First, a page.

ALONE ON STAGE The self-absorbed Spalding Gray.
"Maybe I should just tell you some of the facts as I remember them," the late, acclaimed monologist and actor Spalding Gray says early on in Steven Soderbergh's documentary collage, And Everything is Going Fine. This was Gray's modus operandi, told in his trademark fashion: with a wink and a note of genuine candor. Soderbergh's film can't reveal the man anymore than the digressive, almost fearlessly forthright writer and performer already did himself; Gray was in some ways a product of the self-absorbed culture of reality television before such a thing existed.
What the film does do, though, is give that life an exciting, rambunctious sort of order. As Gray (no relation to me) relays his past through bits of his most famous monologues, home videos, and televised interviews, Soderbergh and his editor (Susan Littenberg) make the film a sort of commentary on Gray's own meta-commentary. The information is chronological, but Gray gets upwards of 20 years older or younger by the cut; the effect is that of an audacious young man in conversation with his older and (hopefully) wiser self. But rather than seeming an endless exercise in solipsism, Soderbergh's approach (quite reminiscent of his work in the great 1999 revenge tale, The Limey) reveals Gray's restless humanity. Usually found alone, on a stage, at a spare wooden table, Gray discussed what haunted him because he knew we'd find comfort in his deeply familiar questions. Though his 2004 suicide goes unnoted here, it lends a bitter sadness to the proceedings.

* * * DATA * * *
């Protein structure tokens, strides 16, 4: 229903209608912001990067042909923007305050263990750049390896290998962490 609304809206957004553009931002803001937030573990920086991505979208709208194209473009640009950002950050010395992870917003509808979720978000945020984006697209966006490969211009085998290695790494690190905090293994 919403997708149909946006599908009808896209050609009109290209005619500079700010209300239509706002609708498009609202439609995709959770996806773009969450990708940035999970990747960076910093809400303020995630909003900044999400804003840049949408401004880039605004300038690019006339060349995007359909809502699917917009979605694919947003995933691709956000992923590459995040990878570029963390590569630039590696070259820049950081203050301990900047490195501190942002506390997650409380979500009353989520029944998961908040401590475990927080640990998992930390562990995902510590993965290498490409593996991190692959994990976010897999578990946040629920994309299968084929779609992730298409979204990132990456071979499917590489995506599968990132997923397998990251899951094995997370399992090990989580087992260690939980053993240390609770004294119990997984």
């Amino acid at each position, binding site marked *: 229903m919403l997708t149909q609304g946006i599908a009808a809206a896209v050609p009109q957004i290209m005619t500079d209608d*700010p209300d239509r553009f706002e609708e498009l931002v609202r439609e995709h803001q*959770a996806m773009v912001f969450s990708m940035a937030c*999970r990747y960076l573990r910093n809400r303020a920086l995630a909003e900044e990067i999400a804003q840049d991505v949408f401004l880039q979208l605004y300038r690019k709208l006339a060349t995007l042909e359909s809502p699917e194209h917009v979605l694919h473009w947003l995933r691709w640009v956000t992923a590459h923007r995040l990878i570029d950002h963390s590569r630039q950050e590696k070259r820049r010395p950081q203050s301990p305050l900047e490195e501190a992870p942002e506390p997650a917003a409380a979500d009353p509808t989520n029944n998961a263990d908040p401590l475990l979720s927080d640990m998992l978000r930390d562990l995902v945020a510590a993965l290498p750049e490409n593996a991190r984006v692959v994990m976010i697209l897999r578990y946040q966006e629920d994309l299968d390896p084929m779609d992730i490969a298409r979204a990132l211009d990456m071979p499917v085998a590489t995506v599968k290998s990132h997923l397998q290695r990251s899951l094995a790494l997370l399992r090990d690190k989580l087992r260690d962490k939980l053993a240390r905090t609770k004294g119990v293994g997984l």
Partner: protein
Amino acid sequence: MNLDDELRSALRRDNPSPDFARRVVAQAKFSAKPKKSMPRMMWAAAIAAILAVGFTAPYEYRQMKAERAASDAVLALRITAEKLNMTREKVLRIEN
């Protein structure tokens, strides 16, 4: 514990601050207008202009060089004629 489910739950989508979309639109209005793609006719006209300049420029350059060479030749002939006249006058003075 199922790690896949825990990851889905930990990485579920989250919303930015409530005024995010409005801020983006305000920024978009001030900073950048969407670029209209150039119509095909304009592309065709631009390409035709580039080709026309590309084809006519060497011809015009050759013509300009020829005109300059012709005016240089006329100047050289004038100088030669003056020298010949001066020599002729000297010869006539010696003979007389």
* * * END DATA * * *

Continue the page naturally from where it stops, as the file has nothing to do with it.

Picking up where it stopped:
AND EVERYTHING IS GOING FINE | at SPACE Gallery, in Portland | Feb 7 @ 7 PM
, Movies, Steven Soderbergh, documentary, More